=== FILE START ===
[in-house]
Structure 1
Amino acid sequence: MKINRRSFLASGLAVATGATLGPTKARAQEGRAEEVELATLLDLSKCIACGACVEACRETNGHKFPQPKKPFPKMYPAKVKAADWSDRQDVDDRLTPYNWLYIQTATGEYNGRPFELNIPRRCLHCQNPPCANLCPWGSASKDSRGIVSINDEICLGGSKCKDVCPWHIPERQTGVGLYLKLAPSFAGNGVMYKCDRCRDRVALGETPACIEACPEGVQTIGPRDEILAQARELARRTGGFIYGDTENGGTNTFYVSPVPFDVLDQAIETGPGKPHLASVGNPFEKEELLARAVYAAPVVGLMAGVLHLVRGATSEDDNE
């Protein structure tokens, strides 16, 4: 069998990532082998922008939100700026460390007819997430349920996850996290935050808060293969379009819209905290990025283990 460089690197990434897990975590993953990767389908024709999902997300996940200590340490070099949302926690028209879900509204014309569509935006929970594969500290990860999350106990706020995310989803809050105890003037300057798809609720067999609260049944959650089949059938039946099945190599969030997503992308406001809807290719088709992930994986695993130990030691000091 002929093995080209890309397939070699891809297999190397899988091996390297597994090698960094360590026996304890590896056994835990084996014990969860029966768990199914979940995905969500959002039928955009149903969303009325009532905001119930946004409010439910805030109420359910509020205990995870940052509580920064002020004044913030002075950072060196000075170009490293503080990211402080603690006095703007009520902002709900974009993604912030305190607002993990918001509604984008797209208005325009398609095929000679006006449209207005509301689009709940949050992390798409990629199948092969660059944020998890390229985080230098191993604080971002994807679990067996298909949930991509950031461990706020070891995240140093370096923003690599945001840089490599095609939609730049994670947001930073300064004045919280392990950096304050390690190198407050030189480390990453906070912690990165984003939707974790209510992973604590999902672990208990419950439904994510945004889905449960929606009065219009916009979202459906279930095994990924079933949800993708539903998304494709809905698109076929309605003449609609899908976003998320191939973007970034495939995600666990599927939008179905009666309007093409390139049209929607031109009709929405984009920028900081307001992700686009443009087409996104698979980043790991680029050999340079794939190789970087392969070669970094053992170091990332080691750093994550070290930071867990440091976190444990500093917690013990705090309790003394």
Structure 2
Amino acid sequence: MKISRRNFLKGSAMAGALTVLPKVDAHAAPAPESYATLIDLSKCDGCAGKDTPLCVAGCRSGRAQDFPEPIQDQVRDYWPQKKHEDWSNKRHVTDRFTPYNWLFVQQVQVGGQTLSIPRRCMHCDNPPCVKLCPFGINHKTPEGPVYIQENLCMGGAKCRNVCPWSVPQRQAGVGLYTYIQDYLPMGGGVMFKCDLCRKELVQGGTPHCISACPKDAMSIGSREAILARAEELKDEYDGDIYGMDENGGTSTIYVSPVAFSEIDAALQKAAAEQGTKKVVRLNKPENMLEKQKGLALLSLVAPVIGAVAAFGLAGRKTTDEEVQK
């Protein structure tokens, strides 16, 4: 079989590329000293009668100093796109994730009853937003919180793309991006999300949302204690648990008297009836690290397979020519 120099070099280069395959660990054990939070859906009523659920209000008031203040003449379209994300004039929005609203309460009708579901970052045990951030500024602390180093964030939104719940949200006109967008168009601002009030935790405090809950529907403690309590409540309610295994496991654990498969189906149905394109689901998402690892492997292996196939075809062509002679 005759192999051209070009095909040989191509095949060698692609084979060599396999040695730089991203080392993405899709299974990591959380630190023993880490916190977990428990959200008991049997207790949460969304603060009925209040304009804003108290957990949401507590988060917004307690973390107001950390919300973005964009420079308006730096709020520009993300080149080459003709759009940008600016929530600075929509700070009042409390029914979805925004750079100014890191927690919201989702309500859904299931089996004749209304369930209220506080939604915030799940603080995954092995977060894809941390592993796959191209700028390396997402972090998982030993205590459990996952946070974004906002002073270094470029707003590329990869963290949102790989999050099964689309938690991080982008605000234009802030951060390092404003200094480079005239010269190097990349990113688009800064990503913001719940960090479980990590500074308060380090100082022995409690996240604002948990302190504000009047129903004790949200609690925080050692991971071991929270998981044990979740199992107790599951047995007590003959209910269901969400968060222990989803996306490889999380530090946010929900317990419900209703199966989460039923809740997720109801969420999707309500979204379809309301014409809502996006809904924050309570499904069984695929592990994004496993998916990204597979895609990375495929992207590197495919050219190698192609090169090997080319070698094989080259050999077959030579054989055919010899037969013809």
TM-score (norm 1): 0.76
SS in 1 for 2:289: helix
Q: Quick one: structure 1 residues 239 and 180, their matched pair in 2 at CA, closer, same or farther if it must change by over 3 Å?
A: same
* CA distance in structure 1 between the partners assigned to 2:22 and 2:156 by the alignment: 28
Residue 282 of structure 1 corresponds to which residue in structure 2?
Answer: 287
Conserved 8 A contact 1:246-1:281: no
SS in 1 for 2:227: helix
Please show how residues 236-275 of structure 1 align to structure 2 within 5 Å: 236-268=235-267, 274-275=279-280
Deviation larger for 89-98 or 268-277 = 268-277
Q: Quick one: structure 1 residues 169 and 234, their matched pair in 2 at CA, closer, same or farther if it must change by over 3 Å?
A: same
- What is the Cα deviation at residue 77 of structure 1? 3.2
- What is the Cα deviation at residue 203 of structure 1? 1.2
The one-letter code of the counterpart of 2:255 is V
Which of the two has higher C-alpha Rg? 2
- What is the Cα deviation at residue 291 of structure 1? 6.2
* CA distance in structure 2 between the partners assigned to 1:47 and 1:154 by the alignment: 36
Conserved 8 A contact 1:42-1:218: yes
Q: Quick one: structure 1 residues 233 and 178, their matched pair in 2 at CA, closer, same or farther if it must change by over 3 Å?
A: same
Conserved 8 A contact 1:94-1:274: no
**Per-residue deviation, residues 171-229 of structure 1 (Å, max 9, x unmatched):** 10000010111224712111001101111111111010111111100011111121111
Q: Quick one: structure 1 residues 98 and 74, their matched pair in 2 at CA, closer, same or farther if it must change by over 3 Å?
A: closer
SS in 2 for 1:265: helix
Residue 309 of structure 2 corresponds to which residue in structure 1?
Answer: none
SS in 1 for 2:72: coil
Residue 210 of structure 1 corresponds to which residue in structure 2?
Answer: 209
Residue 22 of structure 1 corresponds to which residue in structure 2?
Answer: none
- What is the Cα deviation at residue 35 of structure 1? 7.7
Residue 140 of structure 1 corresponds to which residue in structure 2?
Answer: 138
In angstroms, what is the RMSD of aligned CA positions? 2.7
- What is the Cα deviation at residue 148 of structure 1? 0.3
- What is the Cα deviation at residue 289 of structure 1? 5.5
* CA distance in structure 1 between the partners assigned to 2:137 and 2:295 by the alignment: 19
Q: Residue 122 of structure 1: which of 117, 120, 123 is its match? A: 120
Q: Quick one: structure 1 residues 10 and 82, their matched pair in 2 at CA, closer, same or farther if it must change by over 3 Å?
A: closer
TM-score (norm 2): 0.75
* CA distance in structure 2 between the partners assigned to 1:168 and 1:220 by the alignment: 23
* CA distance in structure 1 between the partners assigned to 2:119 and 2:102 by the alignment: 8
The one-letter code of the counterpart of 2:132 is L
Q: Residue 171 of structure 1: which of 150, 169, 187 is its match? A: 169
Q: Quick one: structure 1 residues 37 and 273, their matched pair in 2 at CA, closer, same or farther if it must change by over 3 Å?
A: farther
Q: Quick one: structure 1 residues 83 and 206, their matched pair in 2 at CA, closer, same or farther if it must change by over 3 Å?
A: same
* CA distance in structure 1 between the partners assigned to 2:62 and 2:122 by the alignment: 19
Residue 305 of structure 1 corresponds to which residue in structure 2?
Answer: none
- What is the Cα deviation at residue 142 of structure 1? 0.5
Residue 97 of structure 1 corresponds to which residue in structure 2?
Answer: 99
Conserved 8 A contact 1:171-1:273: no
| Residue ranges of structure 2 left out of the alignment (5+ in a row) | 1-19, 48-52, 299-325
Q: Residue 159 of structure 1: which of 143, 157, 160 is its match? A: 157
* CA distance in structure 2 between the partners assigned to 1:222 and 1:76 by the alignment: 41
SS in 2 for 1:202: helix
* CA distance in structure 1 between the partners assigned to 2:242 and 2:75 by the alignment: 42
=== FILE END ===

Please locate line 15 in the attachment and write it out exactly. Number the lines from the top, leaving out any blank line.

Conserved 8 A contact 1:246-1:281: no